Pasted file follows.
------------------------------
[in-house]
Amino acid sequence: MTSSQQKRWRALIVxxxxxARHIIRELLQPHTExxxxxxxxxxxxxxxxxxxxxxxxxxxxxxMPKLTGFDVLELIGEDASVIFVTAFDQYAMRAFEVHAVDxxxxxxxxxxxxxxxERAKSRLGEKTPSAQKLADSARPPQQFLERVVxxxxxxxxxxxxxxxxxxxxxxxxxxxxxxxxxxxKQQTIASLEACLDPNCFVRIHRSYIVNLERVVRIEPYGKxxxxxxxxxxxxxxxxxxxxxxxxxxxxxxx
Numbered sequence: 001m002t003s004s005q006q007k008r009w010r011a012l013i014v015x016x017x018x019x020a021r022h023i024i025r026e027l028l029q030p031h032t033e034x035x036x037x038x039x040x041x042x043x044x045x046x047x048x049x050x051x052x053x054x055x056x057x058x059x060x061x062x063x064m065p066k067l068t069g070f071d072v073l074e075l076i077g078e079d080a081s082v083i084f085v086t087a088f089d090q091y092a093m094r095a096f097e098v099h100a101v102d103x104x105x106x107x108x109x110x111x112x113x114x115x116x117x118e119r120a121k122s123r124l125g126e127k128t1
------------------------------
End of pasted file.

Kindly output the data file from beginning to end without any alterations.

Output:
[in-house]
Amino acid sequence: MTSSQQKRWRALIVxxxxxARHIIRELLQPHTExxxxxxxxxxxxxxxxxxxxxxxxxxxxxxMPKLTGFDVLELIGEDASVIFVTAFDQYAMRAFEVHAVDxxxxxxxxxxxxxxxERAKSRLGEKTPSAQKLADSARPPQQFLERVVxxxxxxxxxxxxxxxxxxxxxxxxxxxxxxxxxxxKQQTIASLEACLDPNCFVRIHRSYIVNLERVVRIEPYGKxxxxxxxxxxxxxxxxxxxxxxxxxxxxxxx
Numbered sequence: 001m002t003s004s005q006q007k008r009w010r011a012l013i014v015x016x017x018x019x020a021r022h023i024i025r026e027l028l029q030p031h032t033e034x035x036x037x038x039x040x041x042x043x044x045x046x047x048x049x050x051x052x053x054x055x056x057x058x059x060x061x062x063x064m065p066k067l068t069g070f071d072v073l074e075l076i077g078e079d080a081s082v083i084f085v086t087a088f089d090q091y092a093m094r095a096f097e098v099h100a101v102d103x104x105x106x107x108x109x110x111x112x113x114x115x116x117x118e119r120a121k122s123r124l125g126e127k128t1